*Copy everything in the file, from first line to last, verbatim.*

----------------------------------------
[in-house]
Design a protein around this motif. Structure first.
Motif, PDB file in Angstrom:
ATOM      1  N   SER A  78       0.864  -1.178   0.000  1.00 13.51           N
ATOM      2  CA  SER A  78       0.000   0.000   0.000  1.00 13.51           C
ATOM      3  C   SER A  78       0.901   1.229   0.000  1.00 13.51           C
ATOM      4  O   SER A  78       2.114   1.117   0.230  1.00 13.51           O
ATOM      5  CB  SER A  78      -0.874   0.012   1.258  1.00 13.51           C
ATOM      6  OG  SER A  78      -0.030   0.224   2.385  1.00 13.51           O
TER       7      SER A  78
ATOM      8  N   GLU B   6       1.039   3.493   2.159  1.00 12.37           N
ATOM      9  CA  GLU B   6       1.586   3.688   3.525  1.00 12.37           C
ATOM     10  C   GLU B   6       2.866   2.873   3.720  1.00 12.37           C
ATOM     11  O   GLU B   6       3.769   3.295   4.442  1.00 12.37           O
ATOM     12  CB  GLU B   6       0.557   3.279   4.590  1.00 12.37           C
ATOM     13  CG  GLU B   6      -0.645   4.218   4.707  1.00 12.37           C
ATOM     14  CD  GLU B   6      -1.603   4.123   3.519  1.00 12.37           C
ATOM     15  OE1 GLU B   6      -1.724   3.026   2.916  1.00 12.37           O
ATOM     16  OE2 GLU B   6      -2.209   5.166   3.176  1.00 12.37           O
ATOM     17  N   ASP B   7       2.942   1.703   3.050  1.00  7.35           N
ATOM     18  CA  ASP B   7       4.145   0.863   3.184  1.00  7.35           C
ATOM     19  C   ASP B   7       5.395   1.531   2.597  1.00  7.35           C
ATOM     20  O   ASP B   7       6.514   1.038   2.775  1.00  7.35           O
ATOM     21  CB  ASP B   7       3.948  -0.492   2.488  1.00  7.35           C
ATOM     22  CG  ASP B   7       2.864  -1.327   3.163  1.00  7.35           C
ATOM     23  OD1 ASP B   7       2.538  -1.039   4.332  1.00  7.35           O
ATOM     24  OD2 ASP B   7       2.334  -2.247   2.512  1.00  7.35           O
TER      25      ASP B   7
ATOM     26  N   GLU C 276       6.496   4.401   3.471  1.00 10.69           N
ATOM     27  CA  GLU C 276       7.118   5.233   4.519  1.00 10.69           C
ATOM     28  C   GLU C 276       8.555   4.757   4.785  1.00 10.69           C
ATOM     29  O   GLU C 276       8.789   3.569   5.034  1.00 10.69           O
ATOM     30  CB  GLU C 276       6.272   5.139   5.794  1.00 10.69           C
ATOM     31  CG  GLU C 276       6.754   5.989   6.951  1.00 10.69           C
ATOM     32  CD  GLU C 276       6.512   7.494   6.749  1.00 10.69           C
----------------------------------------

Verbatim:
[in-house]
Design a protein around this motif. Structure first.
Motif, PDB file in Angstrom:
ATOM      1  N   SER A  78       0.864  -1.178   0.000  1.00 13.51           N
ATOM      2  CA  SER A  78       0.000   0.000   0.000  1.00 13.51           C
ATOM      3  C   SER A  78       0.901   1.229   0.000  1.00 13.51           C
ATOM      4  O   SER A  78       2.114   1.117   0.230  1.00 13.51           O
ATOM      5  CB  SER A  78      -0.874   0.012   1.258  1.00 13.51           C
ATOM      6  OG  SER A  78      -0.030   0.224   2.385  1.00 13.51           O
TER       7      SER A  78
ATOM      8  N   GLU B   6       1.039   3.493   2.159  1.00 12.37           N
ATOM      9  CA  GLU B   6       1.586   3.688   3.525  1.00 12.37           C
ATOM     10  C   GLU B   6       2.866   2.873   3.720  1.00 12.37           C
ATOM     11  O   GLU B   6       3.769   3.295   4.442  1.00 12.37           O
ATOM     12  CB  GLU B   6       0.557   3.279   4.590  1.00 12.37           C
ATOM     13  CG  GLU B   6      -0.645   4.218   4.707  1.00 12.37           C
ATOM     14  CD  GLU B   6      -1.603   4.123   3.519  1.00 12.37           C
ATOM     15  OE1 GLU B   6      -1.724   3.026   2.916  1.00 12.37           O
ATOM     16  OE2 GLU B   6      -2.209   5.166   3.176  1.00 12.37           O
ATOM     17  N   ASP B   7       2.942   1.703   3.050  1.00  7.35           N
ATOM     18  CA  ASP B   7       4.145   0.863   3.184  1.00  7.35           C
ATOM     19  C   ASP B   7       5.395   1.531   2.597  1.00  7.35           C
ATOM     20  O   ASP B   7       6.514   1.038   2.775  1.00  7.35           O
ATOM     21  CB  ASP B   7       3.948  -0.492   2.488  1.00  7.35           C
ATOM     22  CG  ASP B   7       2.864  -1.327   3.163  1.00  7.35           C
ATOM     23  OD1 ASP B   7       2.538  -1.039   4.332  1.00  7.35           O
ATOM     24  OD2 ASP B   7       2.334  -2.247   2.512  1.00  7.35           O
TER      25      ASP B   7
ATOM     26  N   GLU C 276       6.496   4.401   3.471  1.00 10.69           N
ATOM     27  CA  GLU C 276       7.118   5.233   4.519  1.00 10.69           C
ATOM     28  C   GLU C 276       8.555   4.757   4.785  1.00 10.69           C
ATOM     29  O   GLU C 276       8.789   3.569   5.034  1.00 10.69           O
ATOM     30  CB  GLU C 276       6.272   5.139   5.794  1.00 10.69           C
ATOM     31  CG  GLU C 276       6.754   5.989   6.951  1.00 10.69           C
ATOM     32  CD  GLU C 276       6.512   7.494   6.749  1.00 10.69           C